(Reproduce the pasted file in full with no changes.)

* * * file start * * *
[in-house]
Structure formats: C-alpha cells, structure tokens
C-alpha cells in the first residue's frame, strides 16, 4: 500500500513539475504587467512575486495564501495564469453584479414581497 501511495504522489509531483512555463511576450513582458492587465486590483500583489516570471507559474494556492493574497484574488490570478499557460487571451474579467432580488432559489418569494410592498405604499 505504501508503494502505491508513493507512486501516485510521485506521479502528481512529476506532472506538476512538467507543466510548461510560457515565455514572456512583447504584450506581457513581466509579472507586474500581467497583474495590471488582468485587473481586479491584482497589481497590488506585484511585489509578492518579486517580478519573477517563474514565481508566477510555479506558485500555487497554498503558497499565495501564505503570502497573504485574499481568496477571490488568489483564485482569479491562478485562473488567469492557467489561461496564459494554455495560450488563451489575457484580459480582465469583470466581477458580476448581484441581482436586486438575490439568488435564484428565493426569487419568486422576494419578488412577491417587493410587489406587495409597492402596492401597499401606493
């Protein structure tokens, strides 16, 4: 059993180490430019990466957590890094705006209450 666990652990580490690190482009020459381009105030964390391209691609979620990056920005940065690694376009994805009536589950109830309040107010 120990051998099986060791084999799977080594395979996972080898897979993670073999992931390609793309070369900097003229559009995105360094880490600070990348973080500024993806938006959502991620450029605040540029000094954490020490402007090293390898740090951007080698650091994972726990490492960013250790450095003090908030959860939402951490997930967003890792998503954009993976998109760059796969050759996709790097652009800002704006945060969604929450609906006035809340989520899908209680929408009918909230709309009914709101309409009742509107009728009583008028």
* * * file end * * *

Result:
[in-house]
Structure formats: C-alpha cells, structure tokens
C-alpha cells in the first residue's frame, strides 16, 4: 500500500513539475504587467512575486495564501495564469453584479414581497 501511495504522489509531483512555463511576450513582458492587465486590483500583489516570471507559474494556492493574497484574488490570478499557460487571451474579467432580488432559489418569494410592498405604499 505504501508503494502505491508513493507512486501516485510521485506521479502528481512529476506532472506538476512538467507543466510548461510560457515565455514572456512583447504584450506581457513581466509579472507586474500581467497583474495590471488582468485587473481586479491584482497589481497590488506585484511585489509578492518579486517580478519573477517563474514565481508566477510555479506558485500555487497554498503558497499565495501564505503570502497573504485574499481568496477571490488568489483564485482569479491562478485562473488567469492557467489561461496564459494554455495560450488563451489575457484580459480582465469583470466581477458580476448581484441581482436586486438575490439568488435564484428565493426569487419568486422576494419578488412577491417587493410587489406587495409597492402596492401597499401606493
């Protein structure tokens, strides 16, 4: 059993180490430019990466957590890094705006209450 666990652990580490690190482009020459381009105030964390391209691609979620990056920005940065690694376009994805009536589950109830309040107010 120990051998099986060791084999799977080594395979996972080898897979993670073999992931390609793309070369900097003229559009995105360094880490600070990348973080500024993806938006959502991620450029605040540029000094954490020490402007090293390898740090951007080698650091994972726990490492960013250790450095003090908030959860939402951490997930967003890792998503954009993976998109760059796969050759996709790097652009800002704006945060969604929450609906006035809340989520899908209680929408009918909230709309009914709101309409009742509107009728009583008028």